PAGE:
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archives



  • Who Owns the Evidence of Slavery’s Violence?

    by Thomas A. Foster

    A lawsuit demands that Harvard University give custody of famous images of enslaved men and women--taken without consent by a biologist seeking to demonstrate white supremacy-- to the subjects' descendents. A Howard University historian agrees, putting the images in context of other intimate violations endured by enslaved persons. 



  • The Pope, the Jews, and the Secrets in the Archives

    by David I. Kerzer

    Newly available Vatican documents, reported here for the first time, offer fresh insights into larger questions of how the Vatican thought about and reacted to the mass murder of Europe’s Jews, and into the Vatican’s mindset immediately after the war about the Holocaust, the Jewish people, and the Roman Catholic Church’s role and prerogatives as an institution.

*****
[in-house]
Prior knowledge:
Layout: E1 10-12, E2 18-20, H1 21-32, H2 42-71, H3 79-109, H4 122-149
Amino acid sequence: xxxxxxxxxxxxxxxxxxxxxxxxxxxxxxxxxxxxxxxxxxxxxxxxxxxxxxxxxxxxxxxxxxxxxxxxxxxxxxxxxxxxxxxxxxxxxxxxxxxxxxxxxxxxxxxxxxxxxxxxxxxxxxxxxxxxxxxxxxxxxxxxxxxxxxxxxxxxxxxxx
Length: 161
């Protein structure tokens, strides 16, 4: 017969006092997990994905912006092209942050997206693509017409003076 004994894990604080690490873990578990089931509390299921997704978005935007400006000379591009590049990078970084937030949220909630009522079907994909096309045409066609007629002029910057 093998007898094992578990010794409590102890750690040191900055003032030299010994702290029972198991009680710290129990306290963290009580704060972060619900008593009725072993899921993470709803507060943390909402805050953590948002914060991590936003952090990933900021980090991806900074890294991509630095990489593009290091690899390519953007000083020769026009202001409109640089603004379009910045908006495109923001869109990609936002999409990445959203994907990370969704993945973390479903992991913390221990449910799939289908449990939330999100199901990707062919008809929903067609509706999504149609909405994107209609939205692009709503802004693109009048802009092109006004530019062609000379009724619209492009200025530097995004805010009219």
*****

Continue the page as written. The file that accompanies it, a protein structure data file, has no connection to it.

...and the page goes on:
• Celebrating 50 Years of Essence as a Black Women’s Archive

    by Jacinta R. Saffold

    "For the last 50 years, Essence Magazine has consistently found innovative approaches to archiving Black women’s lives by immortalizing our intellect, literature, and culture on glossy pages," writes Jacinta R. Saffold.



  • AHA Receives Major NEH Grant to Fund COVID-19 Initiative

    The American Historical Association is launching a major new initiative to help our members and their colleagues with the challenges of being a historian, and a history teacher, in a virtual environment.



  • The Importance of Preserving Pandemic Records

    The National Archives has joined other organizations in a call to ensure that records related to the pandemic and governments' responses are preserved and made accessible to future researchers.